A few days later, I was back in San Francisco, contending with delays on the local Muni system, when I needed to get to San Jose, a city BART doesn’t quite reach yet. That meant riding Caltrain. BART and Caltrain share a station in Millbrae, but the schedules aren’t synchronized, meaning possible delay. So I walked 25 minutes from BART’s Powell Street Station to the Caltrain at Fourth and King.

In San Jose, I disembarked at Diridon Station, which may have a bright future as the northern end of high-speed rail. But for now, it is just another setting for connection frustration, as I waited a half-hour for a train on Santa Clara County’s VTA system.

The next day, to get to San Jose Airport, I took Caltrain to the Santa Clara Station, which offers a VTA bus shuttle. But the bus driver refused to open the bus door for 15 minutes, even during a brief rain. And the shuttle took a meandering route with a stop at a soccer stadium.

If the Bay Area is ever going to be the design-savvy ecotopia of its dreams, it must combine transit systems and put the rider’s needs first. Right now, using transit there makes you feel powerless. And that should be unacceptable in California’s most powerful region."
bayarea  transit  transportation  trains  2017  bart  sanfrancisco  sanjose  marin  vta  smart  oakland  caltrain  joematthews  publictransit  publictransportation  marincounty 
november 2017 by robertogreco
What you need to know about California's housing crisis | CALmatters
"Half the state’s households struggle to afford the roof over their heads. Homeownership—once a staple of the California dream—is at its lowest rate since World War II. Nearly 70 percent of poor Californians see the majority of their paychecks go immediately to escalating rents.

This month, state lawmakers are debating a long-delayed housing package.

Here’s what you need to know about one of California’s most vexing issues."
california  sanfrancisco  sanjose  losangeles  sandiego  housing  economics  policy  politics  benchristopher  mattlevin  2017  inequality  rent 
august 2017 by robertogreco
The dark side of Silicon Valley, according to a teen who grew up there - Business Insider
"Home of the brightest engineers, the coolest new technology, and the highest salaries in the world, Silicon Valley is also home of the most cutthroat competitive high schools.

Let's take a look at the schools with the highest SAT scores in the nation. Unsurprisingly, 6 of the top 20 are located in Silicon Valley: Monta Vista (#15), Mission San Jose (#18), Lynbrook (#7), Gunn (#12), Leland (#20), and Harker (#2).

In many of these schools, getting a 3.5 GPA could put you in the bottom half of the class (especially at academic powerhouses Gunn, Monta Vista, and Harker).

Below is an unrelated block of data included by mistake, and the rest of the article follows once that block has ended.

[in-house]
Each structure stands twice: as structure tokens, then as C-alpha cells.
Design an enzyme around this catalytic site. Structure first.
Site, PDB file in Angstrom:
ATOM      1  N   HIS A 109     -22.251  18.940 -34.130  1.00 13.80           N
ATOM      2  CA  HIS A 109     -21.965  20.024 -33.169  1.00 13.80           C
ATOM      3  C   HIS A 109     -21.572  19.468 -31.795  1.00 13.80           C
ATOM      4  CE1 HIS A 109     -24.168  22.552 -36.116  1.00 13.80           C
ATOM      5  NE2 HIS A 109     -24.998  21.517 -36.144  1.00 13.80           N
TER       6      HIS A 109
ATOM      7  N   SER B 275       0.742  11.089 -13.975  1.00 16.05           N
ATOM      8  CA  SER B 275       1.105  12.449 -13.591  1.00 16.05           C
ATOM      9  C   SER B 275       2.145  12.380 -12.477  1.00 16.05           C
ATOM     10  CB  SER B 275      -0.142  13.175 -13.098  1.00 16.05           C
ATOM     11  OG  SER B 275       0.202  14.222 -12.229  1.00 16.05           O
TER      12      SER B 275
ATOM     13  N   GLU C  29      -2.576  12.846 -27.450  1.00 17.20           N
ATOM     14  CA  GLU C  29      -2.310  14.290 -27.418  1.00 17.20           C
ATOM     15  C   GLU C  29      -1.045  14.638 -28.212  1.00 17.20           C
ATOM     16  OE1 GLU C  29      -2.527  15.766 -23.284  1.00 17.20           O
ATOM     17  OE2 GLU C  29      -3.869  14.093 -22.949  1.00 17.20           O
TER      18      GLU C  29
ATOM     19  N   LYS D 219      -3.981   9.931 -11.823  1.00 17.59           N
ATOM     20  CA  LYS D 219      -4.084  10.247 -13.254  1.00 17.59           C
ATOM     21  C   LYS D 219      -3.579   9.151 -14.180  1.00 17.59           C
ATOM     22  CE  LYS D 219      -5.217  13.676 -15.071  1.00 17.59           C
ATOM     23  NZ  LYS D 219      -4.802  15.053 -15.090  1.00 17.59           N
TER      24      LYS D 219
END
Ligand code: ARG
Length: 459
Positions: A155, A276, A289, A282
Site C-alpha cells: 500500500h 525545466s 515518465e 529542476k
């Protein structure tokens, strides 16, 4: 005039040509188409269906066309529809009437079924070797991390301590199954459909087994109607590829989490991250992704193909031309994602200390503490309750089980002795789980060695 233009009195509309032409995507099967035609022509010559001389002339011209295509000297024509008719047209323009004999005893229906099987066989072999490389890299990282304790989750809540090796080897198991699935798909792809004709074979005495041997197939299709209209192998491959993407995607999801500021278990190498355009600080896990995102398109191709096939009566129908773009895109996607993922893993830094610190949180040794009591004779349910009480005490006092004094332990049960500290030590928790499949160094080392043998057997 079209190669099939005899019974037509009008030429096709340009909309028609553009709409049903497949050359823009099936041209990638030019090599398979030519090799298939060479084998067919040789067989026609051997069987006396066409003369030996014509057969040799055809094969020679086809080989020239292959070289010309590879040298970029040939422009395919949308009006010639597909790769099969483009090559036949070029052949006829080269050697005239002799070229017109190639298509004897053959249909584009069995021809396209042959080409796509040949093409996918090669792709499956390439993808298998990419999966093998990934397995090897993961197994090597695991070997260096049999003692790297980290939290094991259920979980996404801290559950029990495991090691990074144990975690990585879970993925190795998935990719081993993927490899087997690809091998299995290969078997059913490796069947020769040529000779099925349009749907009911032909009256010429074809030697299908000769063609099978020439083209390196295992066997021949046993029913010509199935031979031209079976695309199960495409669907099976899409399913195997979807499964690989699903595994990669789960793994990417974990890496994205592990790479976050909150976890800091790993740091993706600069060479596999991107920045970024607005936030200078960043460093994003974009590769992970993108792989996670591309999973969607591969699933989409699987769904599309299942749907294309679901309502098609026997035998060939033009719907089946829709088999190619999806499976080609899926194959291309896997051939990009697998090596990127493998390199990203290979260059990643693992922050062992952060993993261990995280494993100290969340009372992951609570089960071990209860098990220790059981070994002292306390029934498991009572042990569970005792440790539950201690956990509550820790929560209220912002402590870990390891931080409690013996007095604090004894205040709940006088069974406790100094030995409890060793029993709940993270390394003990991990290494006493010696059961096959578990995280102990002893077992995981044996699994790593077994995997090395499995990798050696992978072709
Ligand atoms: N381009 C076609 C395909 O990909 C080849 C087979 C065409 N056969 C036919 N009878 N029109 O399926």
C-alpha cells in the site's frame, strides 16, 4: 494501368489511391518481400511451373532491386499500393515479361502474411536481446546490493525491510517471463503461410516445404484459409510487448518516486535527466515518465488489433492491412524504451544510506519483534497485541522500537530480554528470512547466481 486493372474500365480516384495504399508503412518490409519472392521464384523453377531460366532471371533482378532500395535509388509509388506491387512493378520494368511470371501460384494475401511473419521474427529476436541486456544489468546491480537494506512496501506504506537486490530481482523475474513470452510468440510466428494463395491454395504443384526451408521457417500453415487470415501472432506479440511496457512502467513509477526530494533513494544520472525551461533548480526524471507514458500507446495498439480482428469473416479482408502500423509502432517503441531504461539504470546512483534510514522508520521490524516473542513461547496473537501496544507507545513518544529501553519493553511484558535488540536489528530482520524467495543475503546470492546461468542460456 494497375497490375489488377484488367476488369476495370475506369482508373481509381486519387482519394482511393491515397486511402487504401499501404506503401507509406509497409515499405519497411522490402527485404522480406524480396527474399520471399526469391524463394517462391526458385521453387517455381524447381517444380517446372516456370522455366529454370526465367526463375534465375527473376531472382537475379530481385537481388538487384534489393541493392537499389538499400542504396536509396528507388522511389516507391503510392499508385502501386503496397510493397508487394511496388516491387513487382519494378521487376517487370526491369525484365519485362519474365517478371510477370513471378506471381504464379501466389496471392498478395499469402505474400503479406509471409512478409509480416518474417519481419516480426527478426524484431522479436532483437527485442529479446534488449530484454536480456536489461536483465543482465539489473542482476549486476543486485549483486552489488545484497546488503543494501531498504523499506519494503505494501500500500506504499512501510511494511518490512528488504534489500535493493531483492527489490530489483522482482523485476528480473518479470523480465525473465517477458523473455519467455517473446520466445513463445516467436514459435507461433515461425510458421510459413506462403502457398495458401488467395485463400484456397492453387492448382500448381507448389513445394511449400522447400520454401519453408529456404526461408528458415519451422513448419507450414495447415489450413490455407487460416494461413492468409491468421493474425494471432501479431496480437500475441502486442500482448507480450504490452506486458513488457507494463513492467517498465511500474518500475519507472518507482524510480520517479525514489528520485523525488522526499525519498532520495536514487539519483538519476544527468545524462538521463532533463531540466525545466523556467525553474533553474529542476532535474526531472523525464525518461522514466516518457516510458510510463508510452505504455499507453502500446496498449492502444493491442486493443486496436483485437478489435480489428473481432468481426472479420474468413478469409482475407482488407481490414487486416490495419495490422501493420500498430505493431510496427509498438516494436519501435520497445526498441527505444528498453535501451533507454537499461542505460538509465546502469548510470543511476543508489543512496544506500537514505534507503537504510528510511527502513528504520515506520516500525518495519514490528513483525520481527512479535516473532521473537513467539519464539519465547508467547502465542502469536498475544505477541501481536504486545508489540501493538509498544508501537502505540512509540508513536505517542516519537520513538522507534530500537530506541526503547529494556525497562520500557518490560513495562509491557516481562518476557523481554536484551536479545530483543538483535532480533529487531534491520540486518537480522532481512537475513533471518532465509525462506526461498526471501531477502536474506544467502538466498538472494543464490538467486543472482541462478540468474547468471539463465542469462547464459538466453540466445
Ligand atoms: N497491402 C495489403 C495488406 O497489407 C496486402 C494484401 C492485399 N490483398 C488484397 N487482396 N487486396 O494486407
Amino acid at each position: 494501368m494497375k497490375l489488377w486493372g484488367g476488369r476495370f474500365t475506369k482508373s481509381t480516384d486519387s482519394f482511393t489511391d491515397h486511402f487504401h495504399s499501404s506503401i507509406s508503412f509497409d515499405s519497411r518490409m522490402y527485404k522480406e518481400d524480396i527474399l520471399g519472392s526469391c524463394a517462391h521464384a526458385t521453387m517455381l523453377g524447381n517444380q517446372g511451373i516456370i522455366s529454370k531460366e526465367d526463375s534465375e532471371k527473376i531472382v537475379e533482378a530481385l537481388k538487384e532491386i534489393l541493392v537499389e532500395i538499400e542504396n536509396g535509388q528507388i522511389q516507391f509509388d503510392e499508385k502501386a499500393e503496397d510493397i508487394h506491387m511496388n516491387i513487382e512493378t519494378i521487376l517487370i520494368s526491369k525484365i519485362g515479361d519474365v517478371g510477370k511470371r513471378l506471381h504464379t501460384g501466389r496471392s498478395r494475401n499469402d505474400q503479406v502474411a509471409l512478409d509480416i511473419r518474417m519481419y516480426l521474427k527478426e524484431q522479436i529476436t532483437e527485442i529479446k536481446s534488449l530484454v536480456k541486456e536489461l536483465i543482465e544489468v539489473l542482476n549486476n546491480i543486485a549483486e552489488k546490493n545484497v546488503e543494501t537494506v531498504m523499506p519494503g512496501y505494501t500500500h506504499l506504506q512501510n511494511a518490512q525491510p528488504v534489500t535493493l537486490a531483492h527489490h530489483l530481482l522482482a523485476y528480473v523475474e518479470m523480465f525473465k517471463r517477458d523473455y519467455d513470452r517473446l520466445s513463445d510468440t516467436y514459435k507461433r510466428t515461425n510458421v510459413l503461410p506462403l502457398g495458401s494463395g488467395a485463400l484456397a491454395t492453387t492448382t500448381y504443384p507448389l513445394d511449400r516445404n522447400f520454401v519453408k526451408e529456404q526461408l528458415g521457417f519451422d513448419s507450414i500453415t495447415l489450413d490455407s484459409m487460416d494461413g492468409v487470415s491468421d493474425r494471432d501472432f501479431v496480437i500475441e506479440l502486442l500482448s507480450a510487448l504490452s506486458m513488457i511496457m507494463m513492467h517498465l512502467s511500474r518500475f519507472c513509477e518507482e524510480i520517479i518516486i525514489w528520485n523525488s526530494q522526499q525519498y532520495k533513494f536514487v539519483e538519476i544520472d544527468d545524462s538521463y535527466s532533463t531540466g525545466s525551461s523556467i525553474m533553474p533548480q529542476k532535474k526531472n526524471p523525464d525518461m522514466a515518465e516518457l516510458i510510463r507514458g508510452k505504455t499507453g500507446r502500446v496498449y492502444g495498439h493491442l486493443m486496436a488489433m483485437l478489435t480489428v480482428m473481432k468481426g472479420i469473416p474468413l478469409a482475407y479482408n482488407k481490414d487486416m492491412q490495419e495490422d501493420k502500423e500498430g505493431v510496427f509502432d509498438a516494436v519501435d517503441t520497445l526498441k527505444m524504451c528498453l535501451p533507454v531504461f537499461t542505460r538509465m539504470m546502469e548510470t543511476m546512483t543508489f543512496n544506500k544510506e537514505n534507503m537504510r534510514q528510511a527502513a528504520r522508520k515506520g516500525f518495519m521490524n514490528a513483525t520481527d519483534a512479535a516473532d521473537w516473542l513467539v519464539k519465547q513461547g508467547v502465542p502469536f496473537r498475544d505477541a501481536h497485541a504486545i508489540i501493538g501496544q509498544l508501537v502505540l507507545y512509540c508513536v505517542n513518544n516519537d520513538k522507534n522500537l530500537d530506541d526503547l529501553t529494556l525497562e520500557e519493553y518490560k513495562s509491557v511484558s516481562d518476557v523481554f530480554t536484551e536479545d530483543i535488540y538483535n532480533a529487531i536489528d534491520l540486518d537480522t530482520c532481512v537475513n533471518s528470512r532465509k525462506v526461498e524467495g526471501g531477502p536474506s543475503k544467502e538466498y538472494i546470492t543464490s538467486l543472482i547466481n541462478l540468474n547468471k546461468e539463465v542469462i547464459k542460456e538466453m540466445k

In other schools, athletics play a bigger role in the culture, but success is still expected nonetheless (Bellarmine, Los Gatos, Mitty). Also, it's a given that the student body is not only talented, but also well accomplished in many different areas.

It's unbelievable when you see the sheer numbers these schools put out. Harker has had 173 people admitted to Berkeley in the past 3 years. In just 2015, Harker had a 43% acceptance rate to Berkeley (69 admitted out of 162 who applied).

For the No. 1 public university in the world, those are some crazy numbers. Not to be out-matched, Mission San Jose High boasted a 29% acceptance rate to Berkeley in 2015, with 93 admitted. I understand admission to Berkeley isn't the best metric to judge competitiveness/success, but it shows a small part of the bigger picture.

Evergreen Valley, my home school, is considered one of the middle-tier competitive schools, but it's slowly becoming a microcosm of the Palo Alto/Cupertino areas. It's reflected in our college admissions.

This year alone, we have 32 students going to Berkeley and 4 going to Stanford. Now, it's great and all that we're succeeding in the college admissions game, but at what cost?

The bottom line is that behind these stellar numbers and phenomenal extracurricular activities lies a culture of overwork and incessant competition. There no longer exists a free summer for high school kids.

Everyone is competing — who can get the best internship? Who can pack their schedule the most? Who can get admitted to the best, most prestigious summer programs? Even in school, everyone is competing — who can work the hardest? Who can sleep the least and still get straight A's? Who can do it all? Who can be a part of the most clubs?

Going through it, it always seemed like a giant race to nowhere. There are a few features that distinguish Silicon Valley high schools:

1. Fear of failure

This sounds counterintuitive. I mean, we live in the freaking Silicon Valley, right? Home of entrepreneurship, risks, and solving the world's problems, right?

No, not really — high school isn't like that. We stick to what we know best. You play the piano really well? Keep doing that. You dance well? Stick to it.

Don't try other things — didn't you know you have to commit to an activity in order to put it on your college app? Why try new things and fail when you can stick to what you've been doing, work hard, and accomplish great things? Because, after all, isn't the point of life to get into college?